I now understood why many people were using poles. You cold not really run on this terrain. You had to climb up and down rocks, over and over again. There was no path. I guess it's hard to explain, but people who have been hiking on mountains can understand this. Still, the kilometers were slowly winding down. I was very tentative over the rocks and many other competitors passed me in this long section. They seemed to know no fear, leaping and bounding over racks, landing with one foot on roots or mud or other rocks. All the people I had passed in the first 13 km must have passed me in this section, and more. I was dirty and a bit discouraged. I had thought that the biggest obstacle in the race would be my fitness, but I hadn't expected my lack of technical skill to be such a hindrance. I slipped and fell on my butt at one point, but the only sore spot was my triceps, which had taken the shock as I used my arm to brace the fall. I finally got through the hellish rocky sections and was now surrounded by snow and ice in the brief wooded sections. I could see the peak where the race would end in the distance and it seemed impossibly far away.
Nico on the peaks
After another section in the shrubs, I popped out into the open and saw the final climb ahead of me. To be honest, it completely discouraged me. The run up the ski hill was so steep I wondered how I would complete it at any speed. No one was running here, and it was hard enough just to walk it. I could see almost clear to the finish line and the runners at the top were tiny because of the distance. I crept up the hill, trying no to slip on the frozen ground. What I wouldn't have given for some steps! As I rounded the final corner, I heard Alex and Solenne cheering me on. This helped a lot! I finally finished the steep part and Alex told me to sprint to catch a runner who had just passed me. I gasped that I couldn't do it, but at least I managed to jog the last few steps to the finish line.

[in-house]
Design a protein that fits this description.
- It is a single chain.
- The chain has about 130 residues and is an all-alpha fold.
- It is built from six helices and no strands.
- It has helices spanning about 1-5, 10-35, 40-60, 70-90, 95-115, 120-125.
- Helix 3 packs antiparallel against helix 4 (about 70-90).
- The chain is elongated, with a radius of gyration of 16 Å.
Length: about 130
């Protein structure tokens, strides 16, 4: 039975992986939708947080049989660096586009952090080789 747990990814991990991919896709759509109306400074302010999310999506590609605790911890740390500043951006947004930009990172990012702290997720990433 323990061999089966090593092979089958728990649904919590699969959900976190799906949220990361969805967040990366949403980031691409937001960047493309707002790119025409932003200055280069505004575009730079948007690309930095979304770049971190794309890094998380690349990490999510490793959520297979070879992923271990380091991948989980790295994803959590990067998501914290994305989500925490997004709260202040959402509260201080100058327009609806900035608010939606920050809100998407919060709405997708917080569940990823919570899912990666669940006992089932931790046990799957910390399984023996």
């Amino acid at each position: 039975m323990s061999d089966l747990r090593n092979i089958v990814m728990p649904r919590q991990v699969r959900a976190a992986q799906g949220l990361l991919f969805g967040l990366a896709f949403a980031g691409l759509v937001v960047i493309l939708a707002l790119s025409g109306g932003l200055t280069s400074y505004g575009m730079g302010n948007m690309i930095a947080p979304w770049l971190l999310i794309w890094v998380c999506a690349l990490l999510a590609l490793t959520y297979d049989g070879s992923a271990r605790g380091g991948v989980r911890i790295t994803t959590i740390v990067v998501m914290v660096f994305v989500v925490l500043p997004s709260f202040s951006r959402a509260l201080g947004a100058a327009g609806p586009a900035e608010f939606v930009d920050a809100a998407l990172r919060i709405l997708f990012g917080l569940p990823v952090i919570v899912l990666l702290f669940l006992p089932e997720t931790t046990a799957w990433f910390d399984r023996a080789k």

The crazy steep last section
The finish line
I had completed the race in 2:32.22, 11 minutes behind Nico. I was 75th out of 210 runners, while Nico was 40th. I guess I should be happy, as this was my first cross-country event, but I'm mostly disappointed that I was not able to run in many sections even though I would have had the energy to do so, because of the technical nature of the course. After 13 km, I was surely much higher than 75th. Only a couple of minutes after the race, I was not even really that tired, because I had been running so little in the latter half of the race. I can't really say I regret how I trained, as there was no way to practice for these technical sections in Montreal, or after my ankle sprain.
The four of us after the finish
The following day, we went hiking on the mountain with the girls. By the end of the three-hour hike, I had seen about enough of Mount Orford. At least I got a chance to enjoy some of the views that I was too concentrated to see during the race. I have to thank Alex for her support of my running habit, as well as Solenne for her cheer leading. Of course, I am extremely thankful to Nico for encouraging me to try this race and for training with me all summer. Back next year? We'll see.